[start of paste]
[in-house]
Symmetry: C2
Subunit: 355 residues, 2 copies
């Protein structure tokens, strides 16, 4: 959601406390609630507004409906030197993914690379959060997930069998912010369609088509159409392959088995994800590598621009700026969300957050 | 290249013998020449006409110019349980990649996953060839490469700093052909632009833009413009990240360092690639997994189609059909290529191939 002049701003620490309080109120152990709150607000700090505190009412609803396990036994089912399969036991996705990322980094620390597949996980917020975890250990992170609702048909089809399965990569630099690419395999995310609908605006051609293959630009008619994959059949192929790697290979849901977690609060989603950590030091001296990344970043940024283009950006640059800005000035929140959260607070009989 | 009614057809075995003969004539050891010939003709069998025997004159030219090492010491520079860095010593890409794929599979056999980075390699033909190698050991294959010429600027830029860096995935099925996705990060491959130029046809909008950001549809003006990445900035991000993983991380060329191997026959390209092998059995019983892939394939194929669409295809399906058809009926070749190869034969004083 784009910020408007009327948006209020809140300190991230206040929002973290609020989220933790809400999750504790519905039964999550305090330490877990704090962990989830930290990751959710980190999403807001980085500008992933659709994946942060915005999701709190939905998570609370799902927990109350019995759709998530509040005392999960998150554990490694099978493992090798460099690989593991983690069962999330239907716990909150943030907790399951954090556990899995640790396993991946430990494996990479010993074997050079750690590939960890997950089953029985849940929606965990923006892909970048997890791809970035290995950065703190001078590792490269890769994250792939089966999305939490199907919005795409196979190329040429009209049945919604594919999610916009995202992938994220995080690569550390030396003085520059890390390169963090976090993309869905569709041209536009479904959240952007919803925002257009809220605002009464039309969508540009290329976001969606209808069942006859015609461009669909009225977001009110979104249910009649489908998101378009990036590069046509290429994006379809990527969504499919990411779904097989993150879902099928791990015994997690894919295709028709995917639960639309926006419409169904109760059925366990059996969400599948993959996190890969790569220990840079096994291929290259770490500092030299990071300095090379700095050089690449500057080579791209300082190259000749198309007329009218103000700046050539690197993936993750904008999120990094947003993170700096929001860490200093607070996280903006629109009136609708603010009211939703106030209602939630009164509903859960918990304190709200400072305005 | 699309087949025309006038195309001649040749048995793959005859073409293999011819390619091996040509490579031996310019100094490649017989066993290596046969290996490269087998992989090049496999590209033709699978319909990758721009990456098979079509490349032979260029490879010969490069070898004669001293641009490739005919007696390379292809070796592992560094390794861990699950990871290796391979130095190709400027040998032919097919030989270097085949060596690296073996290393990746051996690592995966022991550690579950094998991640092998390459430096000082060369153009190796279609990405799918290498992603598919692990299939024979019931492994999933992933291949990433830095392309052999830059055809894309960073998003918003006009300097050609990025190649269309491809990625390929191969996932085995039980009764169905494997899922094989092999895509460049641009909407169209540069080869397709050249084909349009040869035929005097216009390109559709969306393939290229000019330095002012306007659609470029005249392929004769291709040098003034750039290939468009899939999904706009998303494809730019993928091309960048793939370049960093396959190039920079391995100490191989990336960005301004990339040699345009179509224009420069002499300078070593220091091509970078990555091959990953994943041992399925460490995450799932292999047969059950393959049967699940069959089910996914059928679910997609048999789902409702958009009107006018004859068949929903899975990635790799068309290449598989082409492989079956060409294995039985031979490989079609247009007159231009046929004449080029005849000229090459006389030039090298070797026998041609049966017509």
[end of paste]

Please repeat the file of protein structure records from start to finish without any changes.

[in-house]
Symmetry: C2
Subunit: 355 residues, 2 copies
């Protein structure tokens, strides 16, 4: 959601406390609630507004409906030197993914690379959060997930069998912010369609088509159409392959088995994800590598621009700026969300957050 | 290249013998020449006409110019349980990649996953060839490469700093052909632009833009413009990240360092690639997994189609059909290529191939 002049701003620490309080109120152990709150607000700090505190009412609803396990036994089912399969036991996705990322980094620390597949996980917020975890250990992170609702048909089809399965990569630099690419395999995310609908605006051609293959630009008619994959059949192929790697290979849901977690609060989603950590030091001296990344970043940024283009950006640059800005000035929140959260607070009989 | 009614057809075995003969004539050891010939003709069998025997004159030219090492010491520079860095010593890409794929599979056999980075390699033909190698050991294959010429600027830029860096995935099925996705990060491959130029046809909008950001549809003006990445900035991000993983991380060329191997026959390209092998059995019983892939394939194929669409295809399906058809009926070749190869034969004083 784009910020408007009327948006209020809140300190991230206040929002973290609020989220933790809400999750504790519905039964999550305090330490877990704090962990989830930290990751959710980190999403807001980085500008992933659709994946942060915005999701709190939905998570609370799902927990109350019995759709998530509040005392999960998150554990490694099978493992090798460099690989593991983690069962999330239907716990909150943030907790399951954090556990899995640790396993991946430990494996990479010993074997050079750690590939960890997950089953029985849940929606965990923006892909970048997890791809970035290995950065703190001078590792490269890769994250792939089966999305939490199907919005795409196979190329040429009209049945919604594919999610916009995202992938994220995080690569550390030396003085520059890390390169963090976090993309869905569709041209536009479904959240952007919803925002257009809220605002009464039309969508540009290329976001969606209808069942006859015609461009669909009225977001009110979104249910009649489908998101378009990036590069046509290429994006379809990527969504499919990411779904097989993150879902099928791990015994997690894919295709028709995917639960639309926006419409169904109760059925366990059996969400599948993959996190890969790569220990840079096994291929290259770490500092030299990071300095090379700095050089690449500057080579791209300082190259000749198309007329009218103000700046050539690197993936993750904008999120990094947003993170700096929001860490200093607070996280903006629109009136609708603010009211939703106030209602939630009164509903859960918990304190709200400072305005 | 699309087949025309006038195309001649040749048995793959005859073409293999011819390619091996040509490579031996310019100094490649017989066993290596046969290996490269087998992989090049496999590209033709699978319909990758721009990456098979079509490349032979260029490879010969490069070898004669001293641009490739005919007696390379292809070796592992560094390794861990699950990871290796391979130095190709400027040998032919097919030989270097085949060596690296073996290393990746051996690592995966022991550690579950094998991640092998390459430096000082060369153009190796279609990405799918290498992603598919692990299939024979019931492994999933992933291949990433830095392309052999830059055809894309960073998003918003006009300097050609990025190649269309491809990625390929191969996932085995039980009764169905494997899922094989092999895509460049641009909407169209540069080869397709050249084909349009040869035929005097216009390109559709969306393939290229000019330095002012306007659609470029005249392929004769291709040098003034750039290939468009899939999904706009998303494809730019993928091309960048793939370049960093396959190039920079391995100490191989990336960005301004990339040699345009179509224009420069002499300078070593220091091509970078990555091959990953994943041992399925460490995450799932292999047969059950393959049967699940069959089910996914059928679910997609048999789902409702958009009107006018004859068949929903899975990635790799068309290449598989082409492989079956060409294995039985031979490989079609247009007159231009046929004449080029005849000229090459006389030039090298070797026998041609049966017509």